It’s all in a touch — love, rage, suffering and happiness are all defined by our proximity to one another. Even a soldier a thousand miles away staring at a screen that a drone projects back to him needs to press a key to make an insurgent disappear. Steven Soderbergh’s fitfully disturbing and fully realized Contagion smartly presupposes — as history has shown — that we are more than capable of self-destruction. Teaming with his “The Informant!” writer Scott Z. Burns, Soderbergh delivers a propulsive and genuinely unsettling picture like this author hasn’t seen in years.
Beth Emhoff (Gwyneth Paltrow) returns home to Minneapolis from a business trip to Hong Kong with flu symptoms in tow. In the course of little more than a day, she has a seizure, is rushed to a hospital by husband Mitch (Matt Damon) and pronounced dead shortly thereafter. Her death acts as a narrative catalyst for the spread of an unpredictable and vicious viral strain that soon claims several other victims and then ramps up the death toll as society struggles against an inevitable collapse. The opening minutes, punctuated by a Cliff Martinez score (one of the year’s best), are an introduction for the deep-seated terror that is this film’s bread and butter. Every infected person is a vessel for the virus and everything they touch, sneeze or cough on will harbor it. As a captive audience, we are relegated to watch as each innocent action sets up a mine for a stranger to step on. Once the film reveals the strength of the virus and the speed of its spread, simple human contact is pregnant with tension.
Burns’ script alternates between civilians, government agencies, and disease prevention/control facilities in the US and abroad — the US gets most of the screentime, with Dr. Ellis Cheever (Laurence Fishburne) dispatching Dr. Erin Mears (Kate Winslet) in an attempt to first classify and control, and then survive the infection. Meanwhile, Dr. Leonora Orantes (Marion Cotillard), an epidemiologist, pours over hours of footage from a Hong Kong casino in order to identify how the late Beth Emhoff spread the infection. As the epidemic grips the world and death tolls accelerate, her Chinese colleagues may have a different idea for how to curb the dying.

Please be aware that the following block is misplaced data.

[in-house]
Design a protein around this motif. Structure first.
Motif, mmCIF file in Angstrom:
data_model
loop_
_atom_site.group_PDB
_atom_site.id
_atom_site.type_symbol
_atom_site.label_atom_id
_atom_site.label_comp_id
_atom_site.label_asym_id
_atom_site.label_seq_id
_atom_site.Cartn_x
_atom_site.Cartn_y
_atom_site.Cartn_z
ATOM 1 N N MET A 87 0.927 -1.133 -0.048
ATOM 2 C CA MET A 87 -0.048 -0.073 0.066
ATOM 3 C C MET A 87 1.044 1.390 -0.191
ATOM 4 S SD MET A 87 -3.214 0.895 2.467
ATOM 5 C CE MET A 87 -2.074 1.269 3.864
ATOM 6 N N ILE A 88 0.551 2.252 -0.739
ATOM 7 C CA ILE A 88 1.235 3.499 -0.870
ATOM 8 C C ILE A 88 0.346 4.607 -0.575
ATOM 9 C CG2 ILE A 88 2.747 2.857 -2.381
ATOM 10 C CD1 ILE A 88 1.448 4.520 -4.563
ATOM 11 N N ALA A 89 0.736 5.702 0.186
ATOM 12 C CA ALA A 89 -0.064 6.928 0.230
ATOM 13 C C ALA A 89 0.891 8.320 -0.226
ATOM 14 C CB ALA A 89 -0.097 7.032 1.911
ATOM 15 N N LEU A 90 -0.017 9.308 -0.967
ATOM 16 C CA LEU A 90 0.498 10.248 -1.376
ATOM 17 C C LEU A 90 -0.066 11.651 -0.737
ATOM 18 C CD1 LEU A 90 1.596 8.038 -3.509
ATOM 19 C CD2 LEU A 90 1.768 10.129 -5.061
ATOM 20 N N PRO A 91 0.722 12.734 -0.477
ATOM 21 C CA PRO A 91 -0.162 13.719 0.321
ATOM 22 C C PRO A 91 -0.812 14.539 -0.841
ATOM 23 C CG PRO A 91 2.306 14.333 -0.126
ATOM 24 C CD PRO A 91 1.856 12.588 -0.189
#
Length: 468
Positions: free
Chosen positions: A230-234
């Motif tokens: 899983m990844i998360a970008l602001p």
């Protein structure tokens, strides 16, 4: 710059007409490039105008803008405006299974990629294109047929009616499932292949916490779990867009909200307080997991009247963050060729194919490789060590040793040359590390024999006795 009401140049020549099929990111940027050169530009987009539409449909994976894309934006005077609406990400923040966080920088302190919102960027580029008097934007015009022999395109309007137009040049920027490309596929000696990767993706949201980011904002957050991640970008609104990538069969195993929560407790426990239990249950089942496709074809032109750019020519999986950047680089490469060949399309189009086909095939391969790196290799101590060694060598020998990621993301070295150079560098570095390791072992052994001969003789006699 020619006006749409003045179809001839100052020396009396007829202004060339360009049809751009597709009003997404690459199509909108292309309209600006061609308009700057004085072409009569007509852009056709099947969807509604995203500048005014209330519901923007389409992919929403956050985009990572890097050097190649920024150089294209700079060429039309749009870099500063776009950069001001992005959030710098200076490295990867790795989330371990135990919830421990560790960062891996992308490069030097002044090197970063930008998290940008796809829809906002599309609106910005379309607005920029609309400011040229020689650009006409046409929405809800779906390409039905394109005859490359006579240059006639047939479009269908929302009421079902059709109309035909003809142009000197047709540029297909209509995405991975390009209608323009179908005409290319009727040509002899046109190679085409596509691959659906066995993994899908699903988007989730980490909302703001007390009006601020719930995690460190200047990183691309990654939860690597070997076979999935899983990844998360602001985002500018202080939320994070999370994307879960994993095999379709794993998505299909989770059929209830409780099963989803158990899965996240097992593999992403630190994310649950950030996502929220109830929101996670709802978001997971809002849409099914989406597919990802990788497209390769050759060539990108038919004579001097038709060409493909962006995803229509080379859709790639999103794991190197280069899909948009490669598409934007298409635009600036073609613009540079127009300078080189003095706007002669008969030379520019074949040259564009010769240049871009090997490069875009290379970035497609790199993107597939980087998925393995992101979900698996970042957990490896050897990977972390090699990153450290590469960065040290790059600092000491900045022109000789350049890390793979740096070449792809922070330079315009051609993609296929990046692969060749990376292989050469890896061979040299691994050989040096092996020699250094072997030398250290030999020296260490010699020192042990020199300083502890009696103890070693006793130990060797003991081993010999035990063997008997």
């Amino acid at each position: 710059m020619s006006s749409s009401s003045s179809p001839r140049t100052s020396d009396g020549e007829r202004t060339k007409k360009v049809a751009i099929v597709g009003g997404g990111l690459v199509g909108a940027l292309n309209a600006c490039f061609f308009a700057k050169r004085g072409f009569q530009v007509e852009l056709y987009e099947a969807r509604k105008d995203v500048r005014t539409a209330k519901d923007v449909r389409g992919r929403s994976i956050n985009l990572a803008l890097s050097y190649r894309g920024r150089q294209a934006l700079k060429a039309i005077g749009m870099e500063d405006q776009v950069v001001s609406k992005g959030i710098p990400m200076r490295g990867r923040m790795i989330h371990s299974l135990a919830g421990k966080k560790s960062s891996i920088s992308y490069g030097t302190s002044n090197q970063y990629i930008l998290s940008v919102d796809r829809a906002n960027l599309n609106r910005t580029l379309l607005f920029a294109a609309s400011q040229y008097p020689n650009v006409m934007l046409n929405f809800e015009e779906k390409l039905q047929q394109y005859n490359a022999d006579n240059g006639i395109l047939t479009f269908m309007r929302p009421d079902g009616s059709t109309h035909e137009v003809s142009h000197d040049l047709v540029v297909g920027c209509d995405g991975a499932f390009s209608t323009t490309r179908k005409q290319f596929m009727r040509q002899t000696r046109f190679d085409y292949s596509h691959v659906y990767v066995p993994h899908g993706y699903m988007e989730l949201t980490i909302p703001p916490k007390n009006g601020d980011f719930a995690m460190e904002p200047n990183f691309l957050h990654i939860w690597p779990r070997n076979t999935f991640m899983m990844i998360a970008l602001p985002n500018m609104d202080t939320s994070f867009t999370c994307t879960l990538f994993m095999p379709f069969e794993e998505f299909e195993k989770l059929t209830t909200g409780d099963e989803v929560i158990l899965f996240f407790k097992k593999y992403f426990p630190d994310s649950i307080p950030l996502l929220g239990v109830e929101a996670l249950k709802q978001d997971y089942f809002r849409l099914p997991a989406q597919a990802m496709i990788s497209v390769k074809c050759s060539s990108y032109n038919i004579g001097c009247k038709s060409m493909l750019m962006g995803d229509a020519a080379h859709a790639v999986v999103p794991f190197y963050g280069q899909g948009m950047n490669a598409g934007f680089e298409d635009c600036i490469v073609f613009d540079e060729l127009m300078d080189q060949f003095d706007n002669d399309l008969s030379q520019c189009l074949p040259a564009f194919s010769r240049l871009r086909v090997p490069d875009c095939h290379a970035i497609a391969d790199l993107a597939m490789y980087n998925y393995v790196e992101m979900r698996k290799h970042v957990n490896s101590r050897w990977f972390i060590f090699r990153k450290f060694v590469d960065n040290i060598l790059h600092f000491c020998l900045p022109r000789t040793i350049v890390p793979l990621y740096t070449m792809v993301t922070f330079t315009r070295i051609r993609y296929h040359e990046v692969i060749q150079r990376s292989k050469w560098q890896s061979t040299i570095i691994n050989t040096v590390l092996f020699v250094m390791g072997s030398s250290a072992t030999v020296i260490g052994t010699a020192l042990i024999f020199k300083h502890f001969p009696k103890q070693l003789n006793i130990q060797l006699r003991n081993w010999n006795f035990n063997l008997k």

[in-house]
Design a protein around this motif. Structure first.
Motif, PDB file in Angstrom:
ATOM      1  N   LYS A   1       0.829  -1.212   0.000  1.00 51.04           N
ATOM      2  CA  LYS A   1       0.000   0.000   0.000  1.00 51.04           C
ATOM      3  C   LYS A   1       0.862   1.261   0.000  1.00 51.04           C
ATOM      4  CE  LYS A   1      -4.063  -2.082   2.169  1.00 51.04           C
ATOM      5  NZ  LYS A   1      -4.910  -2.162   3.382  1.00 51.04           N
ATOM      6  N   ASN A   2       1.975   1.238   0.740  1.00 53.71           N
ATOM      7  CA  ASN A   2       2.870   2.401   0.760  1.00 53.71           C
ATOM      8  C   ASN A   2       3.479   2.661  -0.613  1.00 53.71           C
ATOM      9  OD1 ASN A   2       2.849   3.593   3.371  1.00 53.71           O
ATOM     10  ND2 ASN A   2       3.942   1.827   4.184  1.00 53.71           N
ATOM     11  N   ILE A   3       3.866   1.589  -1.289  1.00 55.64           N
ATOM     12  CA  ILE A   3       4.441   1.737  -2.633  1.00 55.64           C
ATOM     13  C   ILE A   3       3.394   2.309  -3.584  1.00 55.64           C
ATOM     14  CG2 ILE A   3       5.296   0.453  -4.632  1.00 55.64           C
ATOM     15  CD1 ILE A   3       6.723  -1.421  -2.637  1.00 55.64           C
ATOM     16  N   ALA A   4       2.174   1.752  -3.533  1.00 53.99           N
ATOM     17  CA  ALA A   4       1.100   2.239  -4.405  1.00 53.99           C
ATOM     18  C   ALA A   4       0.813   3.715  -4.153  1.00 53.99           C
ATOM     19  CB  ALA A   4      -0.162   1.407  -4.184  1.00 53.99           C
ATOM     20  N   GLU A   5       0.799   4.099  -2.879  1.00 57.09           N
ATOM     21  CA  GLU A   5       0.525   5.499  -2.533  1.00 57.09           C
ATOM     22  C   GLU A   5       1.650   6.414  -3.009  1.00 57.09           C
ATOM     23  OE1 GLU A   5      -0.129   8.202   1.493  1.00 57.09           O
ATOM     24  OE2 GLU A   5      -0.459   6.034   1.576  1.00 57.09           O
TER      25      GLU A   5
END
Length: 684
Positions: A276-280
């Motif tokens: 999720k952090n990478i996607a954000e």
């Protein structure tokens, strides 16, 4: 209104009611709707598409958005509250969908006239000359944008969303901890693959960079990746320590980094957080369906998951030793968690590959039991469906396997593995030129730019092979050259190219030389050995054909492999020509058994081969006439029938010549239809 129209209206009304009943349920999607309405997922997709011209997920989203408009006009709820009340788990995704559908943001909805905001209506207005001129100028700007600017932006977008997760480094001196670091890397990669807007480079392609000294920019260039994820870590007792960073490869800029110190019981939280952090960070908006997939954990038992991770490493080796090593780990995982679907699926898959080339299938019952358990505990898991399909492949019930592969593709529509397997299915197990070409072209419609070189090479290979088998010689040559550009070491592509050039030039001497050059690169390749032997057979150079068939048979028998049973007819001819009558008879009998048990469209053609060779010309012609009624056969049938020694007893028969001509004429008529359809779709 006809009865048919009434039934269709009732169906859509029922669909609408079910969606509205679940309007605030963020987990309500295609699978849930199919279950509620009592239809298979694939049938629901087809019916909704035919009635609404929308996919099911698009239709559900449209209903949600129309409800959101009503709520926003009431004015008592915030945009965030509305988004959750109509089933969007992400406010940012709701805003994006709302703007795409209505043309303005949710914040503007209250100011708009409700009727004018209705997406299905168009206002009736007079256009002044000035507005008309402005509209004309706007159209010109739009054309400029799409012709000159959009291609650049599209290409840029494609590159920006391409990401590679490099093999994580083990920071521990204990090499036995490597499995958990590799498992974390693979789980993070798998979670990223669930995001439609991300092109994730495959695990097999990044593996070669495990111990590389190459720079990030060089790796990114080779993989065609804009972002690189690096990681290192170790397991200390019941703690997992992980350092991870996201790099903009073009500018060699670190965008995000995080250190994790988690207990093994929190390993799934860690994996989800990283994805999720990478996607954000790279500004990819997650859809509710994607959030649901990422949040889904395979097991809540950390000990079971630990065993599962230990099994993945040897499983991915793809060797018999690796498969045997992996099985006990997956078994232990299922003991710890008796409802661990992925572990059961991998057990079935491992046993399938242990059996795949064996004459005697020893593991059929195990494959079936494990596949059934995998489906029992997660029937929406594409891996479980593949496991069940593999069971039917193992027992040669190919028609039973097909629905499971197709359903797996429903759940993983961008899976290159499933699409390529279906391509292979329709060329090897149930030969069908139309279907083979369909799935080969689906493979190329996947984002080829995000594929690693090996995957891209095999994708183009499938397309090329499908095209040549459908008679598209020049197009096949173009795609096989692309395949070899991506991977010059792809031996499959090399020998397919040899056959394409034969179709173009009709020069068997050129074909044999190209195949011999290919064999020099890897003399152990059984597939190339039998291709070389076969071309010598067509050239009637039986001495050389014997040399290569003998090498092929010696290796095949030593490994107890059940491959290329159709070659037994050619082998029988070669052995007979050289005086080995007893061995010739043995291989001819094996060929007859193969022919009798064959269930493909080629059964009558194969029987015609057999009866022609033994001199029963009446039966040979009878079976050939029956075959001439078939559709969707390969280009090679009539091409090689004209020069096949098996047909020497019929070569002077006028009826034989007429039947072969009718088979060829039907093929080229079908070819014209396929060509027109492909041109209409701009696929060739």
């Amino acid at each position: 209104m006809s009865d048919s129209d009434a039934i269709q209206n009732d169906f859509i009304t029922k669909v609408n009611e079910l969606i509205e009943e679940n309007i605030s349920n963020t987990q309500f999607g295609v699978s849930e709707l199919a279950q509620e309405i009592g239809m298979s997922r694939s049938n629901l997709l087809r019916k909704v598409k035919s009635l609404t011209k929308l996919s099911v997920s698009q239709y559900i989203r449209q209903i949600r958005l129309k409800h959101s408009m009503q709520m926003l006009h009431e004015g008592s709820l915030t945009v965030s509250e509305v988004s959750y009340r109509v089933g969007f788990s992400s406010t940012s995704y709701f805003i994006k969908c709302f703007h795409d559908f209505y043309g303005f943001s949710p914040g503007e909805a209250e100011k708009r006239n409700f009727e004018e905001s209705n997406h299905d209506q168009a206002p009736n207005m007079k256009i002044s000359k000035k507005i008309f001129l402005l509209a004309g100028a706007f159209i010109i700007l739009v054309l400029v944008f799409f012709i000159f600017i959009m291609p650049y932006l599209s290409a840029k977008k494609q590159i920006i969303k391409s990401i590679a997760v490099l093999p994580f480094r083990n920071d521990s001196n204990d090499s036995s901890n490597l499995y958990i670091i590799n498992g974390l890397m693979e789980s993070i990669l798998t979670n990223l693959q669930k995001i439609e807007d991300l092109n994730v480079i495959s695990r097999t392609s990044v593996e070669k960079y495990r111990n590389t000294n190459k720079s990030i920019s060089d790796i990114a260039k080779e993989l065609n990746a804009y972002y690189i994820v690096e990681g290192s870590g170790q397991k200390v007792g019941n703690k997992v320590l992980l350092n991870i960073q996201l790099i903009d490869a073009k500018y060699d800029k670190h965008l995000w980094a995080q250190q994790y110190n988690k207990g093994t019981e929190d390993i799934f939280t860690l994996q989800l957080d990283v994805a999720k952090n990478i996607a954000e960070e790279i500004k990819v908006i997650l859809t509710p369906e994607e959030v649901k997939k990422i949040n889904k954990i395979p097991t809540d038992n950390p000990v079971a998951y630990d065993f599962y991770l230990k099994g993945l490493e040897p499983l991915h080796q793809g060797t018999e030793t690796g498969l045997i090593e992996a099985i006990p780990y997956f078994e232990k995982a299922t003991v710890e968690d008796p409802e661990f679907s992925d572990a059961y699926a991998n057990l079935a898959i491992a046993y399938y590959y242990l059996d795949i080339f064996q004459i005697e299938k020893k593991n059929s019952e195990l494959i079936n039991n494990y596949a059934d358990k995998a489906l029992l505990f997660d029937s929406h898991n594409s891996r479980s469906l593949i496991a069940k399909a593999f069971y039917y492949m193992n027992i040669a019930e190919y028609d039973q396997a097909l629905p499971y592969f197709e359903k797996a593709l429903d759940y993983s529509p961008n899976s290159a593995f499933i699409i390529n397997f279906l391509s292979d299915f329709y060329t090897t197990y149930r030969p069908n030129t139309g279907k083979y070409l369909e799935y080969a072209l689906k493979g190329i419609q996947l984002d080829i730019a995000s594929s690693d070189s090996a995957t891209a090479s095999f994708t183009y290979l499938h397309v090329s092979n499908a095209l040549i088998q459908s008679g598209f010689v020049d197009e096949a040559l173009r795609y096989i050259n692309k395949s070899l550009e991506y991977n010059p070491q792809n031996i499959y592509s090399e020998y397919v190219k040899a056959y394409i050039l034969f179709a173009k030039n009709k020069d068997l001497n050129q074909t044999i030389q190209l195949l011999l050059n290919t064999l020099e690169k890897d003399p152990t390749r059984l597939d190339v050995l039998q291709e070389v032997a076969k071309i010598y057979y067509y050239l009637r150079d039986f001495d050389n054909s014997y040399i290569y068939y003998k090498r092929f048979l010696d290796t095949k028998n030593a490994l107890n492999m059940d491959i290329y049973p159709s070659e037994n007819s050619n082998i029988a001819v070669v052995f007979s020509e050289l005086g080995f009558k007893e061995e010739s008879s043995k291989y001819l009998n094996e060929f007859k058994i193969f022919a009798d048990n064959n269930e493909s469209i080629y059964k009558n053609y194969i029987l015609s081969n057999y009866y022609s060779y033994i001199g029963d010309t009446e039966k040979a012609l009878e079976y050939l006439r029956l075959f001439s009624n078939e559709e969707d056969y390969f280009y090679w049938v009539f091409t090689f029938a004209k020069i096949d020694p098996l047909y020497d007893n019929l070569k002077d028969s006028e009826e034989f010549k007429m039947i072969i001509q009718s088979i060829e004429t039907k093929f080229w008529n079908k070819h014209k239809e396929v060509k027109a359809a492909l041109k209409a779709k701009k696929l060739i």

Meanwhile in San Francisco, conspiracy theory blogger Alan Krumwiede (Jude Law) maintains that a homeopathic remedy can cure the disease and claims the government has been withholding this information. While Alan is one of the borderline genre musts for a disaster film, Law carries his paranoid torch with pride and Contagion smartly explores the dangers of a single man who can broadcast to the world at large. We return to Mitch in Minnesota toward the tail end of the movie and while the resolution is somewhat mild given the chaos that unfolds midway, it does feature one of the best scenes of the year, a brief moment of happiness that underlines how the world will now cope with the fallout.
It would be remiss not to mention Jennifer Ehle, whose performance as Dr. Ally Hextall in a way reflects the work ethic this writer would imagine everyone brought to the production — as a doctor under Fishburne’s Cheever, she immerses herself into work, striving to find a vaccine as precious days tick away. Ehle slowly lets us peak into the head of this immensely brave woman, and a late scene between Hextall and her father is understated and moving. Some might accuse Contagion of being ‘cold’ or uncaring towards its cast, concerned only with moving the story forward. This simply isn’t true; the emotion is there, it’s just muted as we come to realize fearfully that these men and women — with whom we’ve gotten to know briefly — are just numbers, bodies that no funeral home wants to take and we may have run out of body bags for.
Well researched and supplemented by an extraordinary gathering of talents, Contagion is a standout ensemble thriller that exemplifies Soderbergh is at the top of his game before a much-ballyhooed will-he-won’t-he retirement.